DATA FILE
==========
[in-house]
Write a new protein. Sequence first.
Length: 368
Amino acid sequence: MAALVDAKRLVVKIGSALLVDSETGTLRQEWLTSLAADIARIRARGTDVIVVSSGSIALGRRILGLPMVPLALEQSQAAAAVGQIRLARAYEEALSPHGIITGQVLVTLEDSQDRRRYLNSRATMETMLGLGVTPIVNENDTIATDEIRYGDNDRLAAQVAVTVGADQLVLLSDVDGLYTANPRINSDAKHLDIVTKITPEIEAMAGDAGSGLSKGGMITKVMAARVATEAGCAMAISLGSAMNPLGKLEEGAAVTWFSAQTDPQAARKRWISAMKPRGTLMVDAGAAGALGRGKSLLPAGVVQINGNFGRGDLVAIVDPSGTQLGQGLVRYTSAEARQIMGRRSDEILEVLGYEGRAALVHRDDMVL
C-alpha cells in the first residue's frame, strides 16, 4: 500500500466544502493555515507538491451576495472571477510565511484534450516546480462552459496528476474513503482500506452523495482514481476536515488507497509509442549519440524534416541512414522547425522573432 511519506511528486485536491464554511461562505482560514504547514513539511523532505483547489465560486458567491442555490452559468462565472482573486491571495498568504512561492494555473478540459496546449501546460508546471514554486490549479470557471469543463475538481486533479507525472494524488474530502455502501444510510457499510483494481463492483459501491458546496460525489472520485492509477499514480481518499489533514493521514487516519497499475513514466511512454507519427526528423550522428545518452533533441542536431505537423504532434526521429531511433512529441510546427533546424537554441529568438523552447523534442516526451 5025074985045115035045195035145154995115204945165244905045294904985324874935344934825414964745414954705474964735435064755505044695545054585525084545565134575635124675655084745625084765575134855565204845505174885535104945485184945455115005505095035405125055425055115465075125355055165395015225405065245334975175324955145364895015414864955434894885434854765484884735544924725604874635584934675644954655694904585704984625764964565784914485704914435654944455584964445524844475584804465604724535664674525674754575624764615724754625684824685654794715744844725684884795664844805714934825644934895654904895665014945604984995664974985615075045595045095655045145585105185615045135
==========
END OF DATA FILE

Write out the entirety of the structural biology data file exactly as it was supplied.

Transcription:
[in-house]
Write a new protein. Sequence first.
Length: 368
Amino acid sequence: MAALVDAKRLVVKIGSALLVDSETGTLRQEWLTSLAADIARIRARGTDVIVVSSGSIALGRRILGLPMVPLALEQSQAAAAVGQIRLARAYEEALSPHGIITGQVLVTLEDSQDRRRYLNSRATMETMLGLGVTPIVNENDTIATDEIRYGDNDRLAAQVAVTVGADQLVLLSDVDGLYTANPRINSDAKHLDIVTKITPEIEAMAGDAGSGLSKGGMITKVMAARVATEAGCAMAISLGSAMNPLGKLEEGAAVTWFSAQTDPQAARKRWISAMKPRGTLMVDAGAAGALGRGKSLLPAGVVQINGNFGRGDLVAIVDPSGTQLGQGLVRYTSAEARQIMGRRSDEILEVLGYEGRAALVHRDDMVL
C-alpha cells in the first residue's frame, strides 16, 4: 500500500466544502493555515507538491451576495472571477510565511484534450516546480462552459496528476474513503482500506452523495482514481476536515488507497509509442549519440524534416541512414522547425522573432 511519506511528486485536491464554511461562505482560514504547514513539511523532505483547489465560486458567491442555490452559468462565472482573486491571495498568504512561492494555473478540459496546449501546460508546471514554486490549479470557471469543463475538481486533479507525472494524488474530502455502501444510510457499510483494481463492483459501491458546496460525489472520485492509477499514480481518499489533514493521514487516519497499475513514466511512454507519427526528423550522428545518452533533441542536431505537423504532434526521429531511433512529441510546427533546424537554441529568438523552447523534442516526451 5025074985045115035045195035145154995115204945165244905045294904985324874935344934825414964745414954705474964735435064755505044695545054585525084545565134575635124675655084745625084765575134855565204845505174885535104945485184945455115005505095035405125055425055115465075125355055165395015225405065245334975175324955145364895015414864955434894885434854765484884735544924725604874635584934675644954655694904585704984625764964565784914485704914435654944455584964445524844475584804465604724535664674525674754575624764615724754625684824685654794715744844725684884795664844805714934825644934895654904895665014945604984995664974985615075045595045095655045145585105185615045135